For years for Americans, buying yogurt meant buying Yoplait or Dannon.

That all changed in 2007 when a tiny company called Chobani entered the market with a new, old product: Greek yogurt. Instead of a snack or side item at breakfast, the higher protein levels in Greek yogurt made it a worthy meal. Chobani quickly grew while the incumbent yogurt giants, skeptical of the new product’s staying power, were slow to react.

Yoplait’s maker, General Mills, was exceptionally slow.

The Golden Valley-based packaged foods giant went from 30 percent of the yogurt segment five years ago to about 20 percent as of May, with the last 10 months seeing sharp declines, according to Nielsen data provided in a Bernstein Research report.

Executives acknowledged the difficulties of its yogurt business at its last earnings call in March. With the company set to release its year-end results for the 2016 fiscal year on Wednesday, investors are looking for signs that the worst is behind for Yoplait.

“General Mills is a vaunted marketer of foods,” said David Palmer, an analyst with RBC Capital Markets. “We want them to fix this. That’s their job.”

At 13 percent of company sales, yogurt is General Mills’ second-largest business behind cereal. The business peaked in 2010 at just over $1.5 billion in revenue. It dropped to $1.3 billion in fiscal 2014, then climbed to $1.4 billion last year. But its yogurt sales fell again last fall, and investors this week will learn how the company finished the full fiscal 2016.

General Mills declined to discuss yogurt this close to its year-end earnings report. Jeff Harmening, General Mills’ COO of U.S. Retail and incoming president, said in March on its third-quarter earnings call that dairy costs, which are at a 20-year low, have created opportunities for new brands and allowed its competitors to make greater investments. Competitors are spending heavily on advertising and on deals with retailers to get shelf space for their product.

“Yogurt is an attractive growth category now and for the long term,” Harmening said in March. “Over time, innovation and great marketing will be the key factors to winning in this category.”

Analysts say General Mills’ biggest misstep was failing to see how disruptive Greek would be. Consumers, motivated by the perception of health, flocked to the dense, slightly sour product. Greek skyrocketed from 1 percent of all U.S. yogurt sales in 2007 to more than 50 percent last year.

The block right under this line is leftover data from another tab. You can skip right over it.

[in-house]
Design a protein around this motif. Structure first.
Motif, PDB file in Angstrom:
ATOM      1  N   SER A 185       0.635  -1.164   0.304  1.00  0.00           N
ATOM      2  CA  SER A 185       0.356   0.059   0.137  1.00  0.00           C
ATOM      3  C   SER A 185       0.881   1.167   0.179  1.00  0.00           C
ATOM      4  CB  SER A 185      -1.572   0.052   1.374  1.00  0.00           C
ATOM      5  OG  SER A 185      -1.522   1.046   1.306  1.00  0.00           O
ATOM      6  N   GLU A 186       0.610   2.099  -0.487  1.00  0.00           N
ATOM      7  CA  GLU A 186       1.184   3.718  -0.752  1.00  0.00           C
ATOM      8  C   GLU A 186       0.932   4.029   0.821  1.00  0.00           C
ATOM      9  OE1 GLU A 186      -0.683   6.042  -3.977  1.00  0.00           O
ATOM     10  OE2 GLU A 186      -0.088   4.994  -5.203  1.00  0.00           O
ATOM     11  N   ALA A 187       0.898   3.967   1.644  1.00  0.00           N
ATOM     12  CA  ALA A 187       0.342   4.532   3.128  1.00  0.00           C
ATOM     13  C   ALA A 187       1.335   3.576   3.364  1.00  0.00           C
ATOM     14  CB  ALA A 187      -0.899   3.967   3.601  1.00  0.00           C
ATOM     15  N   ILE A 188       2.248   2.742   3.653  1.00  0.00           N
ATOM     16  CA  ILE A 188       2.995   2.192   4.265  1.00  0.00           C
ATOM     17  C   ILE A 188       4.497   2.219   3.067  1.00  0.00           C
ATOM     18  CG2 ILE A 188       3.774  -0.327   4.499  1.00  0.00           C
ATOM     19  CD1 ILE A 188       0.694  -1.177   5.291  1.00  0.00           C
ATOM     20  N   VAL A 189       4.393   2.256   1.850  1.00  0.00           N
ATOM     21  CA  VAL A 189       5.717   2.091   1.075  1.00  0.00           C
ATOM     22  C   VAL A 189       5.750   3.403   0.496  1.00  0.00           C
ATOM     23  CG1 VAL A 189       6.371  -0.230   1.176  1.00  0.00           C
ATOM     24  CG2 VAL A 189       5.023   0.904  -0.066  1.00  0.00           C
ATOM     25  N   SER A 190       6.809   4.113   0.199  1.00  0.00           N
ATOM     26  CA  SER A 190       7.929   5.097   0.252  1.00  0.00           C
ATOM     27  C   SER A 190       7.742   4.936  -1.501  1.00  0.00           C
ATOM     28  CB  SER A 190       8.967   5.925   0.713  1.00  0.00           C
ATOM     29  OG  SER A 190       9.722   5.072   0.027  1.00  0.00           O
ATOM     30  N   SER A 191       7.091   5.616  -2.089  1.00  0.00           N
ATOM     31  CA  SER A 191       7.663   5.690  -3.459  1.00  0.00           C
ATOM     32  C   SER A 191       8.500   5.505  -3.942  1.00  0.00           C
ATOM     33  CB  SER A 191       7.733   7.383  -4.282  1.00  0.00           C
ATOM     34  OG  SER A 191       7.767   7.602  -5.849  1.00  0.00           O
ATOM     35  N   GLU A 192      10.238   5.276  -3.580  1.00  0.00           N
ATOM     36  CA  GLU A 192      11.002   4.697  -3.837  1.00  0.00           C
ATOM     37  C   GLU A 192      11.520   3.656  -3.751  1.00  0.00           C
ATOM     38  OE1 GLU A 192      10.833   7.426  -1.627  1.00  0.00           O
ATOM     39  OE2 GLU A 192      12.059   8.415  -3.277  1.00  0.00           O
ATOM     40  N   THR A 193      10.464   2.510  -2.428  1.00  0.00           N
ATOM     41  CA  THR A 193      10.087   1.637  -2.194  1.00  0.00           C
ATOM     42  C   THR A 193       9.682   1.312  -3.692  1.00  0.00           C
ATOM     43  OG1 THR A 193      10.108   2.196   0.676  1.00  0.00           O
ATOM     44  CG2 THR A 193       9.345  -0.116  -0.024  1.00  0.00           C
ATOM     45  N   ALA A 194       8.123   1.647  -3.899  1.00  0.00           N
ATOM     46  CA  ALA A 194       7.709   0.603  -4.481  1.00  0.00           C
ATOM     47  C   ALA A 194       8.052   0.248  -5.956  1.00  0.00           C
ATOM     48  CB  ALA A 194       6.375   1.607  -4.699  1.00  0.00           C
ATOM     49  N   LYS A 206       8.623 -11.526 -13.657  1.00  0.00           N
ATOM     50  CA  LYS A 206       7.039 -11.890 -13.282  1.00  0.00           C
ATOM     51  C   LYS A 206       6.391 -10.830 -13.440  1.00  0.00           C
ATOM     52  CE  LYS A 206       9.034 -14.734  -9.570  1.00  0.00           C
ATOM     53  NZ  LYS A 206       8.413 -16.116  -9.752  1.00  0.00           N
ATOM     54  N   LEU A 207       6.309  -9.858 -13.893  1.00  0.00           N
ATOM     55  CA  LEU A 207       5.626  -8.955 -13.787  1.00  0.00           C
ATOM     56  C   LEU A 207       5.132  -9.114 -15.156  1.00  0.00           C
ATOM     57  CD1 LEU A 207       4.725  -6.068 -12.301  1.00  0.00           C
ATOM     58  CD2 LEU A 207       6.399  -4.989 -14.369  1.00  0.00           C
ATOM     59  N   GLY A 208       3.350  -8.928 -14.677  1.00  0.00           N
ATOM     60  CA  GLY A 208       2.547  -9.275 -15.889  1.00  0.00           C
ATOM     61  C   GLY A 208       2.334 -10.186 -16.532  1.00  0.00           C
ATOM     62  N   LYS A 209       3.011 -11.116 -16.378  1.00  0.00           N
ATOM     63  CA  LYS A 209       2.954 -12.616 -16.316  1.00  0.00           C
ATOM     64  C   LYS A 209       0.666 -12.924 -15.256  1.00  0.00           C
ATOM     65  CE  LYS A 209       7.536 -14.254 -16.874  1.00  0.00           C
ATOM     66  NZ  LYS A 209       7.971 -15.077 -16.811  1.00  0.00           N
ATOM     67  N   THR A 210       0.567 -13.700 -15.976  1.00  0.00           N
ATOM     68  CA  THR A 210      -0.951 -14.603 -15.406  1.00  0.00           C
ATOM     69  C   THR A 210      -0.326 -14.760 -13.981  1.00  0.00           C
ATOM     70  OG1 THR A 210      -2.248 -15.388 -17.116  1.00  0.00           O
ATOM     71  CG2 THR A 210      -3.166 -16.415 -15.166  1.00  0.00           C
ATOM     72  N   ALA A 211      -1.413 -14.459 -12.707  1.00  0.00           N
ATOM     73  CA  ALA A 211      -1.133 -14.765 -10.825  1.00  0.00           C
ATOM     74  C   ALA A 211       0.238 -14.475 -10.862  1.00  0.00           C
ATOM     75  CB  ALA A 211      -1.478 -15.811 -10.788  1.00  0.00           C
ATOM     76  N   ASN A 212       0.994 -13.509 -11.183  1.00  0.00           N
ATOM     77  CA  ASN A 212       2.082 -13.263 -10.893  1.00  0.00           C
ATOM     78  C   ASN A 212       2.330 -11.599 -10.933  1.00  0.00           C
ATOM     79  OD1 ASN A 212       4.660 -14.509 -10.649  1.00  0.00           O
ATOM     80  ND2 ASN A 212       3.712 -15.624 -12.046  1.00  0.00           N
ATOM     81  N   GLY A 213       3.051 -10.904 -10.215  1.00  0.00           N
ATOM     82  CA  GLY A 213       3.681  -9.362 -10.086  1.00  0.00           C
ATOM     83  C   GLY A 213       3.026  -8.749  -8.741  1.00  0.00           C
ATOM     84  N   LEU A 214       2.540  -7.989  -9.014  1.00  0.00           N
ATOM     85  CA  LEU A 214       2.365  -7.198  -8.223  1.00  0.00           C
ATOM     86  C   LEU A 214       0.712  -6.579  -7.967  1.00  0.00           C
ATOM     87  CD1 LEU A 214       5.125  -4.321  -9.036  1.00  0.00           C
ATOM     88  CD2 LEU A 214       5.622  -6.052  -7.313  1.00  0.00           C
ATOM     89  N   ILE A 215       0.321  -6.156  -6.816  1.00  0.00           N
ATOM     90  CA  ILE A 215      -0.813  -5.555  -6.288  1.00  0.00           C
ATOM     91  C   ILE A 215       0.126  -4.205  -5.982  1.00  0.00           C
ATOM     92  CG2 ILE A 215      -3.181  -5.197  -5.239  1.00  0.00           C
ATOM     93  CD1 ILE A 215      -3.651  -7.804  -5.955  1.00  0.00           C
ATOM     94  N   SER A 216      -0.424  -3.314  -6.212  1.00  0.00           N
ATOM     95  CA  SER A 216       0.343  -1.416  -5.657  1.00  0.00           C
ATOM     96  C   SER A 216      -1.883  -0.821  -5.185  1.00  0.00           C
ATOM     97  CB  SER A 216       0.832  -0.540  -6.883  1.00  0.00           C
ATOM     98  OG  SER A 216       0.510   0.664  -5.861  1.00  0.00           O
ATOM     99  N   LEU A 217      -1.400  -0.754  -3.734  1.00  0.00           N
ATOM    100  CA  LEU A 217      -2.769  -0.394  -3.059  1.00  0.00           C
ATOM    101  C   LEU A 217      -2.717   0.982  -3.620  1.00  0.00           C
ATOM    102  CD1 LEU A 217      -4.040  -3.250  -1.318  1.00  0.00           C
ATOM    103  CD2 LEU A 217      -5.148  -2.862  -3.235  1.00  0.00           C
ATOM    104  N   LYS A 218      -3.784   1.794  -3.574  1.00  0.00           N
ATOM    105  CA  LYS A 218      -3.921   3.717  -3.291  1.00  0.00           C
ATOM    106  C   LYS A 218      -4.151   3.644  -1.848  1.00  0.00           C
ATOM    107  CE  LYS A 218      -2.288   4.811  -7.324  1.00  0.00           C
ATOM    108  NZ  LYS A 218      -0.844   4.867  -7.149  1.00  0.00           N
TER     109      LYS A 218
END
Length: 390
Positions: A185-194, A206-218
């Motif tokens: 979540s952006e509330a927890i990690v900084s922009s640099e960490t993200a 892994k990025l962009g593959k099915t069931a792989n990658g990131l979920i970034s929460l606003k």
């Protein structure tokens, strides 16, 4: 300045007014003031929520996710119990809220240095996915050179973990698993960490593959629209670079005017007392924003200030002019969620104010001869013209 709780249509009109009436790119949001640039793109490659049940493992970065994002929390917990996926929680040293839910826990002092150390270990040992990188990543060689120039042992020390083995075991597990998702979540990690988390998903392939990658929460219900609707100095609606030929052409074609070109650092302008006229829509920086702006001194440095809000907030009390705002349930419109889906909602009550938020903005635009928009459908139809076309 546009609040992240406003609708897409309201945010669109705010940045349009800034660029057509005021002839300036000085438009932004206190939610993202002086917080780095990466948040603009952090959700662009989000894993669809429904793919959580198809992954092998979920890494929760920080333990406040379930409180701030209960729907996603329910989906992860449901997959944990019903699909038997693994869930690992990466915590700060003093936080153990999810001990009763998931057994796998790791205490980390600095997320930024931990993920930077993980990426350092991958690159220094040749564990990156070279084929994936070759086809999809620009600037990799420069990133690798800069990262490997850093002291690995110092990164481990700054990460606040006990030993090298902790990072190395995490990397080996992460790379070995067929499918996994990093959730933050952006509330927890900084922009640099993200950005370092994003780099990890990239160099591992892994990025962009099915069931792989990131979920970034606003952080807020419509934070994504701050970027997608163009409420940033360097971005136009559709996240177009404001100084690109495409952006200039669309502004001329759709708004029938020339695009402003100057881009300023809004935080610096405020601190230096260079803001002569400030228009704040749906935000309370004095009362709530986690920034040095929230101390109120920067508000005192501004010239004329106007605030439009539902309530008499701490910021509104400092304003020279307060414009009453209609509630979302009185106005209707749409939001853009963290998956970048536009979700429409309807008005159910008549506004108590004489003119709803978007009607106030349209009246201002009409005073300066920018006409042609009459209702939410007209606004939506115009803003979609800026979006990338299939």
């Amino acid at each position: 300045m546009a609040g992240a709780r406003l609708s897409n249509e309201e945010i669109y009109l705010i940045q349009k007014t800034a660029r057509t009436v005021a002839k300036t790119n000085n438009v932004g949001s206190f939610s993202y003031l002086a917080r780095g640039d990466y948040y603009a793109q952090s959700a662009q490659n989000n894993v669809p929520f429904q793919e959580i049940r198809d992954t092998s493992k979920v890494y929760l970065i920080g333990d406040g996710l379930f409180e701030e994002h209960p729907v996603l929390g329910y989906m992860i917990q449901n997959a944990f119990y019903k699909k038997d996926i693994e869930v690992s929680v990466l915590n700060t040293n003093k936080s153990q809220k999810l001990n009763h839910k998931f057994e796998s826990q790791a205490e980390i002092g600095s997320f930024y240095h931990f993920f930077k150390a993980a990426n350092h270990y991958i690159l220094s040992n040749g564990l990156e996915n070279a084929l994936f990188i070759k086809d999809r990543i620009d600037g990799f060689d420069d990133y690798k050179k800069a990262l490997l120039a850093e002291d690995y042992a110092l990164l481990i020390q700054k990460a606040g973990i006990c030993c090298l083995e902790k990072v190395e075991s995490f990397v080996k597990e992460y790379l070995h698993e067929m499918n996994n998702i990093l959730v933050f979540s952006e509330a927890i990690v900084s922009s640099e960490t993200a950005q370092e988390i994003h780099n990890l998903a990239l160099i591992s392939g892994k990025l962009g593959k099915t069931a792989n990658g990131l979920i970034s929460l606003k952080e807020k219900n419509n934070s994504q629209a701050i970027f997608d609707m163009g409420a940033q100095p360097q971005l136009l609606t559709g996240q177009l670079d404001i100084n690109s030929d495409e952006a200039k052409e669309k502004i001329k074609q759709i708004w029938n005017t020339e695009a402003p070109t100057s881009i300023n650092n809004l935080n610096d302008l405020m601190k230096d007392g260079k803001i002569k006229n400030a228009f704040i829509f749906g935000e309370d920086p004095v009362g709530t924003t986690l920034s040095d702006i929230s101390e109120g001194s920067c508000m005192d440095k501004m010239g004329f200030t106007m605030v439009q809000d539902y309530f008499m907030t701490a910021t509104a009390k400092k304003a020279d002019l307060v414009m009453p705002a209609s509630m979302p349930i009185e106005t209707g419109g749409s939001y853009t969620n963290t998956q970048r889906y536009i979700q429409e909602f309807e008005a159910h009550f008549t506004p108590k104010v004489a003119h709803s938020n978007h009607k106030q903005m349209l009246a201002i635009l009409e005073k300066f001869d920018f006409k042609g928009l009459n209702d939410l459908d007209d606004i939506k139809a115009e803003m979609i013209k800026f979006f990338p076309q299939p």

“They underestimated Greek from the start,” Palmer said. “General Mills may have been tempted into thinking this was a fad because taste and price usually win.”

Its largest rival Dannon, the U.S. arm of French yogurt maker Danone, was able to salvage its 35-plus percent market share throughout the last five years thanks to the early and successful launch of Dannon Oikos — its Greek yogurt product with a Greek name.

General Mills’ initial launch of Yoplait Greek was a flop. It reformulated the product in 2013, using a more traditional “straining” method that builds the rich, thick profile. That same year it also released the industry’s first 100-calorie Greek yogurt, Greek 100, which became General Mills’ biggest-selling new Yoplait product in more than 20 years.

Today, sales are rising for Yoplait Plenti, its Greek yogurt product that’s mixed with fruit, oats, flax and pumpkin seeds, and from Annie’s Homegrown yogurt, a well-known organic brand General Mills acquired in 2014. This supports General Mills’ acquisitions strategy of capturing consumers — like millennial moms — who are increasingly migrating toward natural and organic brands.

General Mills began making venture investments last fall through 301 Inc., a product development unit it ­created in 2012 that’s named after the address of an old Pillsbury flour mill in Minneapolis. The unit originally was focused on innovation for products outside General Mills’ well-established wheelhouse, but it pivoted strategy last fall and now seeks fledgling, independent food companies that need some help. 301 offers young companies an infusion of capital and access to General Mills’ massive expertise, and a successful venture target could spell a direct path to acquisition by General Mills.

Last month, 301 Inc. made its largest investment yet when it gave $18 million to a ­northern California maker of vegan yogurt and cheese.

The company also said in March that it will have news in the organic yogurt market this summer.

“Following the rise of Greek yogurt, General Mills management has said they are working to stay on top of consumer trends to ensure they can avoid having a similar misstep going forward,” said Erin Lash, a food analyst at Morningstar Inc. “From the outside, that’s hard to see, but they’ve said that’s their intention.”